(No.1, Vol.7,Feb-Mar 2017 Vietnam Heritage Magazine)

A ritual for asking the gods’ and ancestors’ permission to begin the maturity ceremony. Photo: Ngoc Bang

A Red Dao couple in a maturity ritual

A shaman reading prayers

Blowing on horns and blowing water

One of the rituals in the maturity ceremony.
Photos: Ngoc Bang

The maturity ritual is one of the oldest and most unique customs of the Red Dao minority living in the mountains of North Vietnam, and is recognized by the government as a national intangible heritage. It has no fixed date, but is usually conducted between the 11th lunar month and the 1st month of the next lunar year, when farm work is least intensive.

The King of Heaven confers the power to fight evil spirits
In the deep past, from time to time, evil spirits came to harm people, cattle and crops, disturbing the peaceful life of the Red Dao. So, the King of Heaven conferred special powers and titles on Red Dao men who would fight them alongside troops sent from heaven. Since then, every year, the King of Heaven does it again for men who want to help their people. That’s how the thousand-year-old legends go.
The maturity ritual is a must in the lives of Red Dao men when they reach the age of 13. Any man, who has not had passed this is considered immature. Nowadays, because it is too costly compared to average income, each ritual is organized for 30 – 40 men.
To prepare for maturity, a man must go through a rigorous self-improvement process, learn procedural aspects of rituals and know by heart prayers and magic words written in ancient sacred books of the Red Dao people. The date of the ritual is carefully selected by a shaman. For many days before that, both the shaman and the maturity candidates must keep themselves pure by observing strict abstinence from sex, from urinating and defecating toward where the sun rises and other strict practices.
The maturity ritual is also called ‘lighting’, or ‘the enlightenment ritual’. A man recognized by the community as mature must have passed the lighting ritual, or be enlightened. There are 4 levels of lighting; with 3, 7, 9 or 12 candles.

A 12-candle enlightenment ritual
‘It takes a lot of work to prepare a 12-candle maturity ritual. About 4 years before the ritual, dozens of parents of candidates chose a wide clearing to plant many fruit trees. A year before the great event, they begin raising a batch of pigs, chickens and vegetables specially to feed the villagers and guests. Near the date, they set up a large tent capable of hosting over 300 people. They decorate the tent with colorful bands and pictures of deities and arrange many altars in the tent and outside,’ according to Mr. Trung Hau from Pin Nga Commune, Bat Xat District, Lao Cai Province, where people conduct many maturity rituals which have drawn a lot of attention from the press.
On the date of enlightenment set by the most respected lead shaman, a dozen shamans together with the families of the maturity candidates and villagers gather to prepare all sorts of food offerings such as steamed sticky rice, puddings, cakes etc. As vegetarian food is arranged on the altars inside the tent and the biggest stage outside, the shamans change to their traditional ceremonial outfit.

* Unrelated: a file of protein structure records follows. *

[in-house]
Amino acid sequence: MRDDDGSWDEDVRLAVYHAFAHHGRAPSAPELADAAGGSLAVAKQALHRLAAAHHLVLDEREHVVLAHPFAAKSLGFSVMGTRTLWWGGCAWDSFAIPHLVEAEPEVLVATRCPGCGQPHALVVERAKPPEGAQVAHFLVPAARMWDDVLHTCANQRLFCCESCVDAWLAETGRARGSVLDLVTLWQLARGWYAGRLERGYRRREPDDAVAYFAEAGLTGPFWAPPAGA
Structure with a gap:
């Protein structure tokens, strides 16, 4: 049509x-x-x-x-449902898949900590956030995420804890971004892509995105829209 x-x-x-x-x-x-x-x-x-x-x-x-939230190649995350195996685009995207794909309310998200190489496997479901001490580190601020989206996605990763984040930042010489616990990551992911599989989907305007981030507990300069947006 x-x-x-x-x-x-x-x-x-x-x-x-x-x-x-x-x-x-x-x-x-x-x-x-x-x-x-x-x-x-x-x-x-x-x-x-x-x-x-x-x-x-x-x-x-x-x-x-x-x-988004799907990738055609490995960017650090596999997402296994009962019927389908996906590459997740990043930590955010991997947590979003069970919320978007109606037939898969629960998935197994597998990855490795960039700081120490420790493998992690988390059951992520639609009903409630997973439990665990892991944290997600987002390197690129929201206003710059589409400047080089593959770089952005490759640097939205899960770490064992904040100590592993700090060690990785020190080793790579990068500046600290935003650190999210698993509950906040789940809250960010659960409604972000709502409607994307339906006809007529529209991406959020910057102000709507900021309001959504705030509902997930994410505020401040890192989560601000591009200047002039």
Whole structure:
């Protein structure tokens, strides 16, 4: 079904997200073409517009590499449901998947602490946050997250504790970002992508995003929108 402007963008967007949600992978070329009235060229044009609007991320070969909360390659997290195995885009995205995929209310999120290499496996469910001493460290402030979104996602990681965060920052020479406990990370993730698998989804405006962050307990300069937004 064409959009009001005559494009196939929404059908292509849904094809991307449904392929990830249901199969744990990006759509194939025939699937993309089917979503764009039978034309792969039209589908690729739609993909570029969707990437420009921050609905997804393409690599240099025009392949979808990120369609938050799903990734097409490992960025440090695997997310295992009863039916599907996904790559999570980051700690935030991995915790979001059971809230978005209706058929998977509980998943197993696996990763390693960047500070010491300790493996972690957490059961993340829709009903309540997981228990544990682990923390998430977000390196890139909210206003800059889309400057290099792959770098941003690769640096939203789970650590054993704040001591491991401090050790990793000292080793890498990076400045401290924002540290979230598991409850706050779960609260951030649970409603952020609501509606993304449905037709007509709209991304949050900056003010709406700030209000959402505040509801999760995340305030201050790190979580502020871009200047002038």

At the set time, the lead shaman in dragon-and-pattern-embroidered dress ascends to the stage outside. He burns incense, reads prayers and makes respectful movements to ask the gods’ and ancestors’ permission to begin the maturity ceremony. Over 40 men about to become mature and hundreds of villagers stand around solemnly. The opening ceremony lasts for about an hour.
‘After the opening, the shamans take an hour rest, and then move inside the big tent to continue prayers and consecration. The process repeats over and over, day and night, and finishes only after 10 days of continuous rituals. Nobody knows how many times they repeat this process. I have attended these rituals since my childhood but could never count how many times they repeat it in each such ceremony. All I know is that each repetition has a different meaning and purpose,’ Mr. Hau recounted.
Among the many prayers and consecrations, the conferment is the most important. The shamans light the candles to enlighten and cleanse the candidates. Then they beat drums and gongs, walk 9-11 rounds circling each candidate while reading magic words from the ancient Red Dao sacred books and using sticks, seals, dice, rice bundles and candles to transfer power to them together with 180 soldiers from the underworld. At the end of the process, the shamans thank the gods and ancestors.
The Red Dao believe that a man upon whom the 12-candle enlightenment has been conferred has the right to go to heaven and the underworld at any time, to mobilize his 180 soldiers from the underworld, and to attend and help shamans in different rituals. After death, they can rejoin the ancestors. In the village’s daily life the men who have passed the enlightenment rituals are considered mature, both mentally and physically. They know right from wrong, and can take part in all the major matters of the community.
The ceremony ends with a big feast and a lot of fun. The candidates’ families butcher pigs and chickens. Crowds of guests gather to share their happiness. Hosts and guests eat, play drums, gongs, cymbals and sing together. The more elated ones dance, stylizing the movements of daily activities of working the fields, sowing crops, and building a house.

Some of the most famous forms of maturity rituals are conducted at: Sa Pa Township of Lao Cai Province; Thai Hoa Commune, Ham Yen District of Tuyen Quang Province; Nong Thinh Commune, Cho Moi District of Bac Kan Province; Nam Dam Village, Quan Ba District of Ha Giang Province.

By Duc Chanh